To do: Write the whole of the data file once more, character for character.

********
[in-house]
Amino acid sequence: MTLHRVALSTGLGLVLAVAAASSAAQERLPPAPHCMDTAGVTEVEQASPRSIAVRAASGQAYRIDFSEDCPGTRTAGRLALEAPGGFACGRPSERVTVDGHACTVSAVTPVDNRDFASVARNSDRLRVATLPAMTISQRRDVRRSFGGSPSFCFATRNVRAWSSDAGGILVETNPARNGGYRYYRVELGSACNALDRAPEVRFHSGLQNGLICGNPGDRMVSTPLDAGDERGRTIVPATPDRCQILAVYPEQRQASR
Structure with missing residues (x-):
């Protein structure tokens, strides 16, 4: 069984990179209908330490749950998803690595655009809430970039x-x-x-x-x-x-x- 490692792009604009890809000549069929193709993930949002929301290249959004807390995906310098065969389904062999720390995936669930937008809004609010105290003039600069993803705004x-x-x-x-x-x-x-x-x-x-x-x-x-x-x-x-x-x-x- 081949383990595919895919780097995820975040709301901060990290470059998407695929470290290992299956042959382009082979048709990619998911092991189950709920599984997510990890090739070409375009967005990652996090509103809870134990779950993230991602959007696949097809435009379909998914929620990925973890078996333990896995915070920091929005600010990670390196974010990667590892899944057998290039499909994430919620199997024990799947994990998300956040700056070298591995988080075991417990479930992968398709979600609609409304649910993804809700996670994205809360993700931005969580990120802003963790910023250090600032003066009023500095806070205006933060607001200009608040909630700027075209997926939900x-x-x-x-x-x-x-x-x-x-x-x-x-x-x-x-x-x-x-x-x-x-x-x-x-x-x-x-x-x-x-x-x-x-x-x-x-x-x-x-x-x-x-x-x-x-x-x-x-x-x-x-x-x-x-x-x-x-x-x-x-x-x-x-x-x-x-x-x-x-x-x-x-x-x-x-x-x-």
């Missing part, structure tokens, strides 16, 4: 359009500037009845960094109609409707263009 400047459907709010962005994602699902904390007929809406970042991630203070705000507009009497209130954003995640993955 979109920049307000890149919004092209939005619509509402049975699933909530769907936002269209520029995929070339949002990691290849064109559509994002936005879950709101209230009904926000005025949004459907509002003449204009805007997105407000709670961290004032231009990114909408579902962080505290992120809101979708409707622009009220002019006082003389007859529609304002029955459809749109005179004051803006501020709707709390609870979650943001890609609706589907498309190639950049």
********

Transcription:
[in-house]
Amino acid sequence: MTLHRVALSTGLGLVLAVAAASSAAQERLPPAPHCMDTAGVTEVEQASPRSIAVRAASGQAYRIDFSEDCPGTRTAGRLALEAPGGFACGRPSERVTVDGHACTVSAVTPVDNRDFASVARNSDRLRVATLPAMTISQRRDVRRSFGGSPSFCFATRNVRAWSSDAGGILVETNPARNGGYRYYRVELGSACNALDRAPEVRFHSGLQNGLICGNPGDRMVSTPLDAGDERGRTIVPATPDRCQILAVYPEQRQASR
Structure with missing residues (x-):
């Protein structure tokens, strides 16, 4: 069984990179209908330490749950998803690595655009809430970039x-x-x-x-x-x-x- 490692792009604009890809000549069929193709993930949002929301290249959004807390995906310098065969389904062999720390995936669930937008809004609010105290003039600069993803705004x-x-x-x-x-x-x-x-x-x-x-x-x-x-x-x-x-x-x- 081949383990595919895919780097995820975040709301901060990290470059998407695929470290290992299956042959382009082979048709990619998911092991189950709920599984997510990890090739070409375009967005990652996090509103809870134990779950993230991602959007696949097809435009379909998914929620990925973890078996333990896995915070920091929005600010990670390196974010990667590892899944057998290039499909994430919620199997024990799947994990998300956040700056070298591995988080075991417990479930992968398709979600609609409304649910993804809700996670994205809360993700931005969580990120802003963790910023250090600032003066009023500095806070205006933060607001200009608040909630700027075209997926939900x-x-x-x-x-x-x-x-x-x-x-x-x-x-x-x-x-x-x-x-x-x-x-x-x-x-x-x-x-x-x-x-x-x-x-x-x-x-x-x-x-x-x-x-x-x-x-x-x-x-x-x-x-x-x-x-x-x-x-x-x-x-x-x-x-x-x-x-x-x-x-x-x-x-x-x-x-x-």
């Missing part, structure tokens, strides 16, 4: 359009500037009845960094109609409707263009 400047459907709010962005994602699902904390007929809406970042991630203070705000507009009497209130954003995640993955 979109920049307000890149919004092209939005619509509402049975699933909530769907936002269209520029995929070339949002990691290849064109559509994002936005879950709101209230009904926000005025949004459907509002003449204009805007997105407000709670961290004032231009990114909408579902962080505290992120809101979708409707622009009220002019006082003389007859529609304002029955459809749109005179004051803006501020709707709390609870979650943001890609609706589907498309190639950049």